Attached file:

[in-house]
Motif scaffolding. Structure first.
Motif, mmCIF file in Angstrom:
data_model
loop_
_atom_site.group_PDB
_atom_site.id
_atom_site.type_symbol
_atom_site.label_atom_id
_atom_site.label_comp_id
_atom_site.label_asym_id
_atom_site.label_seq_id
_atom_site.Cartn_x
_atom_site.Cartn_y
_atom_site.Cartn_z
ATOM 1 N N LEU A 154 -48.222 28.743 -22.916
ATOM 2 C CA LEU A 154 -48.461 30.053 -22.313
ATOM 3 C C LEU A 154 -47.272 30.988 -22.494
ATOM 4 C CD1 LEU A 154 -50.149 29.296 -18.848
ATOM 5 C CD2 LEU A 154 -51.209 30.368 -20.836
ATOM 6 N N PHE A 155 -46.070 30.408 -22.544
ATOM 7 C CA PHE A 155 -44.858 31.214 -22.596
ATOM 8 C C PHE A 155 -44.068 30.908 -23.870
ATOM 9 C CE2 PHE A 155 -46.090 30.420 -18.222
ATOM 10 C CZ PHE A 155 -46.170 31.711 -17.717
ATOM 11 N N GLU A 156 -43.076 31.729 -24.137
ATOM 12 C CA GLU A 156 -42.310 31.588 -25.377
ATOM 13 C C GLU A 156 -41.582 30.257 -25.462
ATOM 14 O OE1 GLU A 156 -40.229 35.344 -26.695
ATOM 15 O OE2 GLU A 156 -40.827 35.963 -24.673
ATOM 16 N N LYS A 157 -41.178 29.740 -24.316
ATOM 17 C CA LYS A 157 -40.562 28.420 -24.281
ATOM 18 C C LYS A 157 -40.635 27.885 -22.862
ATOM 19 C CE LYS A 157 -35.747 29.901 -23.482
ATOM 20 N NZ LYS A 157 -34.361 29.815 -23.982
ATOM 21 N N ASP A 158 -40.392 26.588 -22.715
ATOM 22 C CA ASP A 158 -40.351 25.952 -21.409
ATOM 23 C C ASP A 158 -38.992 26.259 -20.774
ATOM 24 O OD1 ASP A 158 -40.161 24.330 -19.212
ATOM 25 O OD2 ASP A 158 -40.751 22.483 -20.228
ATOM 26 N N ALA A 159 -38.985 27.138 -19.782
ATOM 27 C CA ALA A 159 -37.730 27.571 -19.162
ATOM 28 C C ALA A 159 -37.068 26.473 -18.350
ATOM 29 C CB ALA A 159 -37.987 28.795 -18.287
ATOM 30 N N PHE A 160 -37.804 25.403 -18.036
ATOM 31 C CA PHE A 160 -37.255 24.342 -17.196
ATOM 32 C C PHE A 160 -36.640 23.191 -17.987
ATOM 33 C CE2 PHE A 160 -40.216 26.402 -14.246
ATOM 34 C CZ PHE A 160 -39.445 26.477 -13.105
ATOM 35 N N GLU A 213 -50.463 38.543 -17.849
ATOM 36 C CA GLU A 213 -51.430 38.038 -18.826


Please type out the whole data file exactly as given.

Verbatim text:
[in-house]
Motif scaffolding. Structure first.
Motif, mmCIF file in Angstrom:
data_model
loop_
_atom_site.group_PDB
_atom_site.id
_atom_site.type_symbol
_atom_site.label_atom_id
_atom_site.label_comp_id
_atom_site.label_asym_id
_atom_site.label_seq_id
_atom_site.Cartn_x
_atom_site.Cartn_y
_atom_site.Cartn_z
ATOM 1 N N LEU A 154 -48.222 28.743 -22.916
ATOM 2 C CA LEU A 154 -48.461 30.053 -22.313
ATOM 3 C C LEU A 154 -47.272 30.988 -22.494
ATOM 4 C CD1 LEU A 154 -50.149 29.296 -18.848
ATOM 5 C CD2 LEU A 154 -51.209 30.368 -20.836
ATOM 6 N N PHE A 155 -46.070 30.408 -22.544
ATOM 7 C CA PHE A 155 -44.858 31.214 -22.596
ATOM 8 C C PHE A 155 -44.068 30.908 -23.870
ATOM 9 C CE2 PHE A 155 -46.090 30.420 -18.222
ATOM 10 C CZ PHE A 155 -46.170 31.711 -17.717
ATOM 11 N N GLU A 156 -43.076 31.729 -24.137
ATOM 12 C CA GLU A 156 -42.310 31.588 -25.377
ATOM 13 C C GLU A 156 -41.582 30.257 -25.462
ATOM 14 O OE1 GLU A 156 -40.229 35.344 -26.695
ATOM 15 O OE2 GLU A 156 -40.827 35.963 -24.673
ATOM 16 N N LYS A 157 -41.178 29.740 -24.316
ATOM 17 C CA LYS A 157 -40.562 28.420 -24.281
ATOM 18 C C LYS A 157 -40.635 27.885 -22.862
ATOM 19 C CE LYS A 157 -35.747 29.901 -23.482
ATOM 20 N NZ LYS A 157 -34.361 29.815 -23.982
ATOM 21 N N ASP A 158 -40.392 26.588 -22.715
ATOM 22 C CA ASP A 158 -40.351 25.952 -21.409
ATOM 23 C C ASP A 158 -38.992 26.259 -20.774
ATOM 24 O OD1 ASP A 158 -40.161 24.330 -19.212
ATOM 25 O OD2 ASP A 158 -40.751 22.483 -20.228
ATOM 26 N N ALA A 159 -38.985 27.138 -19.782
ATOM 27 C CA ALA A 159 -37.730 27.571 -19.162
ATOM 28 C C ALA A 159 -37.068 26.473 -18.350
ATOM 29 C CB ALA A 159 -37.987 28.795 -18.287
ATOM 30 N N PHE A 160 -37.804 25.403 -18.036
ATOM 31 C CA PHE A 160 -37.255 24.342 -17.196
ATOM 32 C C PHE A 160 -36.640 23.191 -17.987
ATOM 33 C CE2 PHE A 160 -40.216 26.402 -14.246
ATOM 34 C CZ PHE A 160 -39.445 26.477 -13.105
ATOM 35 N N GLU A 213 -50.463 38.543 -17.849
ATOM 36 C CA GLU A 213 -51.430 38.038 -18.826